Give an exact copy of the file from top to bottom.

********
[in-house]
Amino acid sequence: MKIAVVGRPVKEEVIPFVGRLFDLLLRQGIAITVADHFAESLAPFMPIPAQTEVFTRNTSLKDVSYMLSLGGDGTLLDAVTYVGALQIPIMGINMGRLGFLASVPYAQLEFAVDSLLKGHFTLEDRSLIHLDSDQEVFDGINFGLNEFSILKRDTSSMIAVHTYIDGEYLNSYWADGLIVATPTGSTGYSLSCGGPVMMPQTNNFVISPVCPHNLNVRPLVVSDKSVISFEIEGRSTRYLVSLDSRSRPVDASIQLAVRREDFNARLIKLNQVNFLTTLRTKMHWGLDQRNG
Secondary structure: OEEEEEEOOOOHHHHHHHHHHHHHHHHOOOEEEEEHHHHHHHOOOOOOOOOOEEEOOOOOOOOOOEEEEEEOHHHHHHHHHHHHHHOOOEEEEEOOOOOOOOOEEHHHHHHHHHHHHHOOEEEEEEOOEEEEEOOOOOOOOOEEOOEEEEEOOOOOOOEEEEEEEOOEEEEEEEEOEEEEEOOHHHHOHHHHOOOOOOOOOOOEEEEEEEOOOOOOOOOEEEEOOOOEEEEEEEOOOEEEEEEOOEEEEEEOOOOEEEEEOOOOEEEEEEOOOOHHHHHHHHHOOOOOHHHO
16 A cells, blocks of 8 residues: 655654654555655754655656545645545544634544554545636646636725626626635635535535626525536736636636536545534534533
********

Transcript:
[in-house]
Amino acid sequence: MKIAVVGRPVKEEVIPFVGRLFDLLLRQGIAITVADHFAESLAPFMPIPAQTEVFTRNTSLKDVSYMLSLGGDGTLLDAVTYVGALQIPIMGINMGRLGFLASVPYAQLEFAVDSLLKGHFTLEDRSLIHLDSDQEVFDGINFGLNEFSILKRDTSSMIAVHTYIDGEYLNSYWADGLIVATPTGSTGYSLSCGGPVMMPQTNNFVISPVCPHNLNVRPLVVSDKSVISFEIEGRSTRYLVSLDSRSRPVDASIQLAVRREDFNARLIKLNQVNFLTTLRTKMHWGLDQRNG
Secondary structure: OEEEEEEOOOOHHHHHHHHHHHHHHHHOOOEEEEEHHHHHHHOOOOOOOOOOEEEOOOOOOOOOOEEEEEEOHHHHHHHHHHHHHHOOOEEEEEOOOOOOOOOEEHHHHHHHHHHHHHOOEEEEEEOOEEEEEOOOOOOOOOEEOOEEEEEOOOOOOOEEEEEEEOOEEEEEEEEOEEEEEOOHHHHOHHHHOOOOOOOOOOOEEEEEEEOOOOOOOOOEEEEOOOOEEEEEEEOOOEEEEEEOOEEEEEEOOOOEEEEEOOOOEEEEEEOOOOHHHHHHHHHOOOOOHHHO
16 A cells, blocks of 8 residues: 655654654555655754655656545645545544634544554545636646636725626626635635535535626525536736636636536545534534533